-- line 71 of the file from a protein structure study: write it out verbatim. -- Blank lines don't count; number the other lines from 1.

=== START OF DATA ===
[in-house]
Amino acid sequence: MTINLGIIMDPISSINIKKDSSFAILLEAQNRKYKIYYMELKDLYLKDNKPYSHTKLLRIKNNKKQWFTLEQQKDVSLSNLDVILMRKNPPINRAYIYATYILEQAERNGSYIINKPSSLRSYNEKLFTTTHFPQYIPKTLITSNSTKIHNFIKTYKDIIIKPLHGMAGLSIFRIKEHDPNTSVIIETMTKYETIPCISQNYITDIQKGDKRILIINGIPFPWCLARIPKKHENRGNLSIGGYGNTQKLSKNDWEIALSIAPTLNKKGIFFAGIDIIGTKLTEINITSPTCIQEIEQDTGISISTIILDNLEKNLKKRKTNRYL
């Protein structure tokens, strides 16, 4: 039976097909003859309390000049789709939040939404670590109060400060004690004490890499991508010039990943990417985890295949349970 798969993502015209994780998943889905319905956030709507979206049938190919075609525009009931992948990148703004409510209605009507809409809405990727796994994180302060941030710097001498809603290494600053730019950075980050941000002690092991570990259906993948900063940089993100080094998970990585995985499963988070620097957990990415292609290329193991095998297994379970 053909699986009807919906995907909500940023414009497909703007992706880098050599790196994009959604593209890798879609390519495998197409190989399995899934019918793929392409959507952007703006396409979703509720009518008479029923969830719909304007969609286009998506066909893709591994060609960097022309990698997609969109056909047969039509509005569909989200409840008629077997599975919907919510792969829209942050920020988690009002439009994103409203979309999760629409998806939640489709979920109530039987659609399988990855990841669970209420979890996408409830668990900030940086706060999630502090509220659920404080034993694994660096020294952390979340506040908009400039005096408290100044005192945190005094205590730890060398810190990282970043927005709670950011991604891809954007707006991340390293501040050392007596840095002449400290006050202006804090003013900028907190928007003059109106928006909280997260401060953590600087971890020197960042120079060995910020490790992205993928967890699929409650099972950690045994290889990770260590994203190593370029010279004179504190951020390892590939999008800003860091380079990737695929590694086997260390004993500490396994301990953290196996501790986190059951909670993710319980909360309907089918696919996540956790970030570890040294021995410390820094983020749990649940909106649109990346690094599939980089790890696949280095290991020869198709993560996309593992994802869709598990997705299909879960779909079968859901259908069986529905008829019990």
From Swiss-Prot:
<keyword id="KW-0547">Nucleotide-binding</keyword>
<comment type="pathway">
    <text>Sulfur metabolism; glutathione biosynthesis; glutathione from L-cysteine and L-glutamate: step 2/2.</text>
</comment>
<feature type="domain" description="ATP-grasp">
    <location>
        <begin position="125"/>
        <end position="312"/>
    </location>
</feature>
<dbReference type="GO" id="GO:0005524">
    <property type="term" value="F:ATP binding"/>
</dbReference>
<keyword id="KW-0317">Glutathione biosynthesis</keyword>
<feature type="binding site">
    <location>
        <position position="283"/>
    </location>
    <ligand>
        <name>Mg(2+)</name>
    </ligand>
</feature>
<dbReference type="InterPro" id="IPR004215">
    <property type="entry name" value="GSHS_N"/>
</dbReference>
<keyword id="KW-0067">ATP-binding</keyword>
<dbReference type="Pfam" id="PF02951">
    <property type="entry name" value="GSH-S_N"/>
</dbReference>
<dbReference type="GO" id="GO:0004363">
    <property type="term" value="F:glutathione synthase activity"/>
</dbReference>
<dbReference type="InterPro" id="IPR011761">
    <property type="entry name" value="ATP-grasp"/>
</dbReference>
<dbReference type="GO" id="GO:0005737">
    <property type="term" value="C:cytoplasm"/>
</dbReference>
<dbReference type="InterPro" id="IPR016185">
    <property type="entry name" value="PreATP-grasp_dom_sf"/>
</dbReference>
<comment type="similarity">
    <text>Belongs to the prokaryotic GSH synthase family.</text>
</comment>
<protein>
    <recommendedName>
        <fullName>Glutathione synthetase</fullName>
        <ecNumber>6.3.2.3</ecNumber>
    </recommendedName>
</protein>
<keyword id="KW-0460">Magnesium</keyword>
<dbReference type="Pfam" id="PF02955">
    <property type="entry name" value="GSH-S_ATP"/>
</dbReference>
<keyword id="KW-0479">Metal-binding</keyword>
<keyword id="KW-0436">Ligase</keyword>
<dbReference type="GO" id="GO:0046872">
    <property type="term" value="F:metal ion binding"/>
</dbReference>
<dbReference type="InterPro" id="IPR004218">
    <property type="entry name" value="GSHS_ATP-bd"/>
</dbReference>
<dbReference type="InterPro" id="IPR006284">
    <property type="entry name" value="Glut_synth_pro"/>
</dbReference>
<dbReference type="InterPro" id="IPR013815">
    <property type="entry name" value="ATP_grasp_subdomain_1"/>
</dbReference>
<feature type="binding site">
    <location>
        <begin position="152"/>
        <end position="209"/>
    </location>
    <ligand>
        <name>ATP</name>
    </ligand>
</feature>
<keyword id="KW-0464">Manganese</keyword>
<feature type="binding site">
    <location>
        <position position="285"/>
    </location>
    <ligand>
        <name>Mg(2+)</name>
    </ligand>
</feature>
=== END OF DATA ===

    <property type="entry name" value="ATP_grasp_subdomain_1"/>